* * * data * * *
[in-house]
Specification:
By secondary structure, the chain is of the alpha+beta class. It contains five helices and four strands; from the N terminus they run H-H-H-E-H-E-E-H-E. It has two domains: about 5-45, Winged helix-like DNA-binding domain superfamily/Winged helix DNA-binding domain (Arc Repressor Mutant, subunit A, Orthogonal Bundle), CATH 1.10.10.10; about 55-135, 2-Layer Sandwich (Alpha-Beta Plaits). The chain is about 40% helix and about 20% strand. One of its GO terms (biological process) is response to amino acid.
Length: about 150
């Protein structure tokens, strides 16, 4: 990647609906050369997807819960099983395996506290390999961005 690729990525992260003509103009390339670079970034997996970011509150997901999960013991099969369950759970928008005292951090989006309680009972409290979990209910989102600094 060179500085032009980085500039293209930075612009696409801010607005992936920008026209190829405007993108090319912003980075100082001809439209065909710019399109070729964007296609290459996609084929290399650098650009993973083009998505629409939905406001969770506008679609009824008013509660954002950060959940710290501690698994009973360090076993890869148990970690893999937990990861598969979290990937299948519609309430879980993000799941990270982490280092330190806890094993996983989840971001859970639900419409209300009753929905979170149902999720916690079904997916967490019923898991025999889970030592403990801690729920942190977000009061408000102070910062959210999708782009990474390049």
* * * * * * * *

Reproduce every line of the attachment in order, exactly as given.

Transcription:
[in-house]
Specification:
By secondary structure, the chain is of the alpha+beta class. It contains five helices and four strands; from the N terminus they run H-H-H-E-H-E-E-H-E. It has two domains: about 5-45, Winged helix-like DNA-binding domain superfamily/Winged helix DNA-binding domain (Arc Repressor Mutant, subunit A, Orthogonal Bundle), CATH 1.10.10.10; about 55-135, 2-Layer Sandwich (Alpha-Beta Plaits). The chain is about 40% helix and about 20% strand. One of its GO terms (biological process) is response to amino acid.
Length: about 150
């Protein structure tokens, strides 16, 4: 990647609906050369997807819960099983395996506290390999961005 690729990525992260003509103009390339670079970034997996970011509150997901999960013991099969369950759970928008005292951090989006309680009972409290979990209910989102600094 060179500085032009980085500039293209930075612009696409801010607005992936920008026209190829405007993108090319912003980075100082001809439209065909710019399109070729964007296609290459996609084929290399650098650009993973083009998505629409939905406001969770506008679609009824008013509660954002950060959940710290501690698994009973360090076993890869148990970690893999937990990861598969979290990937299948519609309430879980993000799941990270982490280092330190806890094993996983989840971001859970639900419409209300009753929905979170149902999720916690079904997916967490019923898991025999889970030592403990801690729920942190977000009061408000102070910062959210999708782009990474390049």